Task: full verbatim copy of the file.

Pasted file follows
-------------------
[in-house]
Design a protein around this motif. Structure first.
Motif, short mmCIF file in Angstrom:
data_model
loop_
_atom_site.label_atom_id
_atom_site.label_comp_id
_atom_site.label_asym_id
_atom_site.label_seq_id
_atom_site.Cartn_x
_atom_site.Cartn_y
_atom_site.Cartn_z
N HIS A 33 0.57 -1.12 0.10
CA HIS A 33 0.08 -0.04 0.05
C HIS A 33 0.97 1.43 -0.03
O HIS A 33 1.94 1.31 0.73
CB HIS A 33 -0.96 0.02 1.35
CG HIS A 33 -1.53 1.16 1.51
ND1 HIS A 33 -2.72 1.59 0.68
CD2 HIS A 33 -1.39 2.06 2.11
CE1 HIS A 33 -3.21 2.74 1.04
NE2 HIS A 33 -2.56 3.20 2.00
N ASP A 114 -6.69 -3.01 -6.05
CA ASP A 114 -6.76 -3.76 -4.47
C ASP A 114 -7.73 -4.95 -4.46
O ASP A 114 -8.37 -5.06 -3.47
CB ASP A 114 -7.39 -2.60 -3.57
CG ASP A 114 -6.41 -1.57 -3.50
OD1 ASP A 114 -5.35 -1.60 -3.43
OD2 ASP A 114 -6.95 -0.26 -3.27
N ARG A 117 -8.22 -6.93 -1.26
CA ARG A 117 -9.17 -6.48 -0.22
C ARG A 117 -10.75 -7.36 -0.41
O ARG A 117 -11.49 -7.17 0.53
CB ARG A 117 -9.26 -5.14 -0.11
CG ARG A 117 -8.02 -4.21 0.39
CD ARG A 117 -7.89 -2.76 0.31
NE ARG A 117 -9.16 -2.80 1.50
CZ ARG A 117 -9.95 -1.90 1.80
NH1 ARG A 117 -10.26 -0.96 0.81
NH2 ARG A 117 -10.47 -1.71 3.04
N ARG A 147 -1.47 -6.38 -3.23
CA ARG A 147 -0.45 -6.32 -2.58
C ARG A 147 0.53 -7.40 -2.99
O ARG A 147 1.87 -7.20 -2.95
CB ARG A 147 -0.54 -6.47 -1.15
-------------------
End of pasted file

[in-house]
Design a protein around this motif. Structure first.
Motif, short mmCIF file in Angstrom:
data_model
loop_
_atom_site.label_atom_id
_atom_site.label_comp_id
_atom_site.label_asym_id
_atom_site.label_seq_id
_atom_site.Cartn_x
_atom_site.Cartn_y
_atom_site.Cartn_z
N HIS A 33 0.57 -1.12 0.10
CA HIS A 33 0.08 -0.04 0.05
C HIS A 33 0.97 1.43 -0.03
O HIS A 33 1.94 1.31 0.73
CB HIS A 33 -0.96 0.02 1.35
CG HIS A 33 -1.53 1.16 1.51
ND1 HIS A 33 -2.72 1.59 0.68
CD2 HIS A 33 -1.39 2.06 2.11
CE1 HIS A 33 -3.21 2.74 1.04
NE2 HIS A 33 -2.56 3.20 2.00
N ASP A 114 -6.69 -3.01 -6.05
CA ASP A 114 -6.76 -3.76 -4.47
C ASP A 114 -7.73 -4.95 -4.46
O ASP A 114 -8.37 -5.06 -3.47
CB ASP A 114 -7.39 -2.60 -3.57
CG ASP A 114 -6.41 -1.57 -3.50
OD1 ASP A 114 -5.35 -1.60 -3.43
OD2 ASP A 114 -6.95 -0.26 -3.27
N ARG A 117 -8.22 -6.93 -1.26
CA ARG A 117 -9.17 -6.48 -0.22
C ARG A 117 -10.75 -7.36 -0.41
O ARG A 117 -11.49 -7.17 0.53
CB ARG A 117 -9.26 -5.14 -0.11
CG ARG A 117 -8.02 -4.21 0.39
CD ARG A 117 -7.89 -2.76 0.31
NE ARG A 117 -9.16 -2.80 1.50
CZ ARG A 117 -9.95 -1.90 1.80
NH1 ARG A 117 -10.26 -0.96 0.81
NH2 ARG A 117 -10.47 -1.71 3.04
N ARG A 147 -1.47 -6.38 -3.23
CA ARG A 147 -0.45 -6.32 -2.58
C ARG A 147 0.53 -7.40 -2.99
O ARG A 147 1.87 -7.20 -2.95
CB ARG A 147 -0.54 -6.47 -1.15